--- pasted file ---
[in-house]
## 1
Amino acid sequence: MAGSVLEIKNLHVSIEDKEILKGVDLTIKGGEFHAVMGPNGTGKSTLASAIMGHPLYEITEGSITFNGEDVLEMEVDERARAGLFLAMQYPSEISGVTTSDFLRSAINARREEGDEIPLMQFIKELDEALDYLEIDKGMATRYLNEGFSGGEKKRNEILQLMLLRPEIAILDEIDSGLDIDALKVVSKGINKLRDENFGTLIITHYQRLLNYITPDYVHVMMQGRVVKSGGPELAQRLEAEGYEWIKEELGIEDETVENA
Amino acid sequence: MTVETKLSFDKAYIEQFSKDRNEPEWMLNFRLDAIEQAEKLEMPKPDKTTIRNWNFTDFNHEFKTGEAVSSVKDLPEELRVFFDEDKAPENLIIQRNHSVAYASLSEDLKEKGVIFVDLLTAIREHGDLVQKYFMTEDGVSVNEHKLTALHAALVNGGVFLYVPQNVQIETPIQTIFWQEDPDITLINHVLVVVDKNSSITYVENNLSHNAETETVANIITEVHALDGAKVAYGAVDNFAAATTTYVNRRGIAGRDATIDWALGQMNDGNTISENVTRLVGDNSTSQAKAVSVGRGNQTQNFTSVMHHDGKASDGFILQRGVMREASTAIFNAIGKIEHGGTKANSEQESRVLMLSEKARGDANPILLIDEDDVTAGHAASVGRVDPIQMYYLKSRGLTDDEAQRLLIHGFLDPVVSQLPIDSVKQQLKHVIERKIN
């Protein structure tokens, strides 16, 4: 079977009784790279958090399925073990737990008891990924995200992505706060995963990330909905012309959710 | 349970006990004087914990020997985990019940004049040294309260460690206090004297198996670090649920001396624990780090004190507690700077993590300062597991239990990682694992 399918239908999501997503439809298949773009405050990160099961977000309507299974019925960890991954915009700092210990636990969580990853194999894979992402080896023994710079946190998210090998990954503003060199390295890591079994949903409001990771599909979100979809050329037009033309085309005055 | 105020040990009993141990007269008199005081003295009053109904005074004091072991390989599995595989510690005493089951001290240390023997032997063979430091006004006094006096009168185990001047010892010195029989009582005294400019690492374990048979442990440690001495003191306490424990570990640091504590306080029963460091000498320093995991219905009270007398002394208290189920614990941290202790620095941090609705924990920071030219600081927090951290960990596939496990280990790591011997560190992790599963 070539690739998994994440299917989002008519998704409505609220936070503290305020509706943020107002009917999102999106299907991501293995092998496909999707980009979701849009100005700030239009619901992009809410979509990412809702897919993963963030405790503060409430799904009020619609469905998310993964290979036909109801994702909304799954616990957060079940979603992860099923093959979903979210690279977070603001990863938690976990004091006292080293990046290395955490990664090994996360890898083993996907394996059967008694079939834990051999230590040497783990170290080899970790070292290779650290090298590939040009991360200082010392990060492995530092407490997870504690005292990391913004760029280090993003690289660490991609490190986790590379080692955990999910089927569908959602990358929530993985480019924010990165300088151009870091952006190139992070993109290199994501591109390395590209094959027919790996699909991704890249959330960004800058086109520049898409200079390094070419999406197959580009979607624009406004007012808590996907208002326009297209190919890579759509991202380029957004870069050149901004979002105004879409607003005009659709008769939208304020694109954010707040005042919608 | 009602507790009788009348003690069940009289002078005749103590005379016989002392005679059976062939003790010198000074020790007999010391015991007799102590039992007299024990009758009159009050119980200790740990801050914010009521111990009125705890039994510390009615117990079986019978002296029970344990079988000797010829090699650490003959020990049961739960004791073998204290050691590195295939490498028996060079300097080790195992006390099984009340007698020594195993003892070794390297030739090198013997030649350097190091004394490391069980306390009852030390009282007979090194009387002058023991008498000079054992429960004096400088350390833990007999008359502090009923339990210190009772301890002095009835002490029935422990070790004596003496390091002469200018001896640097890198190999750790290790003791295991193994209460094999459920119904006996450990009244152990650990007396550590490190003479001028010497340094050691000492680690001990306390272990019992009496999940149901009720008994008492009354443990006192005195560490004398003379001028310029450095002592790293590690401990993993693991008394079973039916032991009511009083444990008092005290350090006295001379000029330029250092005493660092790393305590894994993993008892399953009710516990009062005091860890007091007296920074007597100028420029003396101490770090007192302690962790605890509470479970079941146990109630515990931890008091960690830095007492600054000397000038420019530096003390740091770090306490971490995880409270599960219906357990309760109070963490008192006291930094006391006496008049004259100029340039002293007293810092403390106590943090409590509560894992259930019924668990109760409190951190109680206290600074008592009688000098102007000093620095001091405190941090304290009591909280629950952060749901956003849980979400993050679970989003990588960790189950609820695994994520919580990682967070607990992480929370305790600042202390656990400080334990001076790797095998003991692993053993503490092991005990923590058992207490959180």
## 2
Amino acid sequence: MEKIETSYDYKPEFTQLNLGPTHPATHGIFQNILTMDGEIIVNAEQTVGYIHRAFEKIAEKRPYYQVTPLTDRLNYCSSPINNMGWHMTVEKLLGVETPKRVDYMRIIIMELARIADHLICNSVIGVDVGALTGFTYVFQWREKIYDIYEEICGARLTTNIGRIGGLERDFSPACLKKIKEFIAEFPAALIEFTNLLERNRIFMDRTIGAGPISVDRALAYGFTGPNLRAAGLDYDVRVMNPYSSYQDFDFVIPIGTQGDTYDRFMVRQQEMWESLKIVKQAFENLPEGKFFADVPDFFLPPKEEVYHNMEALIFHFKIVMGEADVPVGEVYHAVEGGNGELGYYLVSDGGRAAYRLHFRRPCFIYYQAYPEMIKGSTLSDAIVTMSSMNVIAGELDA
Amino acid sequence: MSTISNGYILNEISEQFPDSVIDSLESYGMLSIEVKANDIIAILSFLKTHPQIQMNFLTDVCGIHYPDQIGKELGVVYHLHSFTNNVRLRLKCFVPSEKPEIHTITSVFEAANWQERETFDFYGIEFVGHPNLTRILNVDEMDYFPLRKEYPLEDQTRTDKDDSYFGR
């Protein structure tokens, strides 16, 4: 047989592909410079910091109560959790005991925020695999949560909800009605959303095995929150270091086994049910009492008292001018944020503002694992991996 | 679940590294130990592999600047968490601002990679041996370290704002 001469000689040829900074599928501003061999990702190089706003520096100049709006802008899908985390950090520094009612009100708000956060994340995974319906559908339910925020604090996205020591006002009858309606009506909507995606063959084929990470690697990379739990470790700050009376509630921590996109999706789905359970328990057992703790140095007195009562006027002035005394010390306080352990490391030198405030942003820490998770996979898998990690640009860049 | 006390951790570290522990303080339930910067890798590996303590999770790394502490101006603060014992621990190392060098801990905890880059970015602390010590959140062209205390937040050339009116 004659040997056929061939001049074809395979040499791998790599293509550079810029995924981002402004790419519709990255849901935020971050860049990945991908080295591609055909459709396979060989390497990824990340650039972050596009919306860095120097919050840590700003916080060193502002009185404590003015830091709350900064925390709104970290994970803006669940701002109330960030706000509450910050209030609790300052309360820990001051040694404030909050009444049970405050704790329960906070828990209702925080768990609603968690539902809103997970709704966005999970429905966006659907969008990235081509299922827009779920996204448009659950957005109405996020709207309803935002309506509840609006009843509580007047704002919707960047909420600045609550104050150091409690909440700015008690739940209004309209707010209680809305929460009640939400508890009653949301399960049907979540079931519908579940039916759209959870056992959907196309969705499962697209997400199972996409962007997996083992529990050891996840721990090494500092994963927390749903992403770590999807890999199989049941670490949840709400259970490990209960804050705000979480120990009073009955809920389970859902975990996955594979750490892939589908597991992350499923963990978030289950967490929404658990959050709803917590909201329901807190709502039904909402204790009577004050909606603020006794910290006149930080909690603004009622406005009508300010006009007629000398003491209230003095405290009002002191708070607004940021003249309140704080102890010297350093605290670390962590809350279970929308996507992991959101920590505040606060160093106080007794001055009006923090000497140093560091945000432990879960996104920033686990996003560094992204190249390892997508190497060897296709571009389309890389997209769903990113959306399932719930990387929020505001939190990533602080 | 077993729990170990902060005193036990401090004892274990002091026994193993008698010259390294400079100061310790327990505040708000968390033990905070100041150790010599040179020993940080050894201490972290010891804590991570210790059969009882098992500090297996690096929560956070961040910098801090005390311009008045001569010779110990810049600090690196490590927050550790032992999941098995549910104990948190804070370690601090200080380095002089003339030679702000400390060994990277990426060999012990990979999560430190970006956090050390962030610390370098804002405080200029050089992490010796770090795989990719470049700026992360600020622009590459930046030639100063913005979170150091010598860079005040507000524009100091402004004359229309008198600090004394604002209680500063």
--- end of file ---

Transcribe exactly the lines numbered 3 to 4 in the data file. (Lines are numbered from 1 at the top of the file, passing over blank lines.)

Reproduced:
Amino acid sequence: MAGSVLEIKNLHVSIEDKEILKGVDLTIKGGEFHAVMGPNGTGKSTLASAIMGHPLYEITEGSITFNGEDVLEMEVDERARAGLFLAMQYPSEISGVTTSDFLRSAINARREEGDEIPLMQFIKELDEALDYLEIDKGMATRYLNEGFSGGEKKRNEILQLMLLRPEIAILDEIDSGLDIDALKVVSKGINKLRDENFGTLIITHYQRLLNYITPDYVHVMMQGRVVKSGGPELAQRLEAEGYEWIKEELGIEDETVENA
Amino acid sequence: MTVETKLSFDKAYIEQFSKDRNEPEWMLNFRLDAIEQAEKLEMPKPDKTTIRNWNFTDFNHEFKTGEAVSSVKDLPEELRVFFDEDKAPENLIIQRNHSVAYASLSEDLKEKGVIFVDLLTAIREHGDLVQKYFMTEDGVSVNEHKLTALHAALVNGGVFLYVPQNVQIETPIQTIFWQEDPDITLINHVLVVVDKNSSITYVENNLSHNAETETVANIITEVHALDGAKVAYGAVDNFAAATTTYVNRRGIAGRDATIDWALGQMNDGNTISENVTRLVGDNSTSQAKAVSVGRGNQTQNFTSVMHHDGKASDGFILQRGVMREASTAIFNAIGKIEHGGTKANSEQESRVLMLSEKARGDANPILLIDEDDVTAGHAASVGRVDPIQMYYLKSRGLTDDEAQRLLIHGFLDPVVSQLPIDSVKQQLKHVIERKIN